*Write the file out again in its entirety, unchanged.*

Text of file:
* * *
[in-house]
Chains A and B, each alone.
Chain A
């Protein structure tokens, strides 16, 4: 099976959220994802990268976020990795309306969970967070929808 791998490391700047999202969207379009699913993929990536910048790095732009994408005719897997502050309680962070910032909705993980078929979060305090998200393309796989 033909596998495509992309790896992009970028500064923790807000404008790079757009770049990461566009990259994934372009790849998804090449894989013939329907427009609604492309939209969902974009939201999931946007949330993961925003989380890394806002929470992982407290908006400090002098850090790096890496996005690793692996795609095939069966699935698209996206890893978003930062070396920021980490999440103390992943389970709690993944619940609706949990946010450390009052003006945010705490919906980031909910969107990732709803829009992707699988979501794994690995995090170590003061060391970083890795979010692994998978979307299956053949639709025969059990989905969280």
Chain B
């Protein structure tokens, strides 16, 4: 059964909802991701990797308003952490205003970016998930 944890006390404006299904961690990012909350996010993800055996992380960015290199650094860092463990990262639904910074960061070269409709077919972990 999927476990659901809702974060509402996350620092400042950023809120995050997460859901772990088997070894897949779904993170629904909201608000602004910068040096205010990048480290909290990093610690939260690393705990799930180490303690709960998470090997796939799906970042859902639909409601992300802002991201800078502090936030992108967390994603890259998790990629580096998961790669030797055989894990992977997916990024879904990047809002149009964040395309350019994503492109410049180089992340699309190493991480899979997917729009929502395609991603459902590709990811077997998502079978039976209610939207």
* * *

[in-house]
Chains A and B, each alone.
Chain A
């Protein structure tokens, strides 16, 4: 099976959220994802990268976020990795309306969970967070929808 791998490391700047999202969207379009699913993929990536910048790095732009994408005719897997502050309680962070910032909705993980078929979060305090998200393309796989 033909596998495509992309790896992009970028500064923790807000404008790079757009770049990461566009990259994934372009790849998804090449894989013939329907427009609604492309939209969902974009939201999931946007949330993961925003989380890394806002929470992982407290908006400090002098850090790096890496996005690793692996795609095939069966699935698209996206890893978003930062070396920021980490999440103390992943389970709690993944619940609706949990946010450390009052003006945010705490919906980031909910969107990732709803829009992707699988979501794994690995995090170590003061060391970083890795979010692994998978979307299956053949639709025969059990989905969280």
Chain B
């Protein structure tokens, strides 16, 4: 059964909802991701990797308003952490205003970016998930 944890006390404006299904961690990012909350996010993800055996992380960015290199650094860092463990990262639904910074960061070269409709077919972990 999927476990659901809702974060509402996350620092400042950023809120995050997460859901772990088997070894897949779904993170629904909201608000602004910068040096205010990048480290909290990093610690939260690393705990799930180490303690709960998470090997796939799906970042859902639909409601992300802002991201800078502090936030992108967390994603890259998790990629580096998961790669030797055989894990992977997916990024879904990047809002149009964040395309350019994503492109410049180089992340699309190493991480899979997917729009929502395609991603459902590709990811077997998502079978039976209610939207």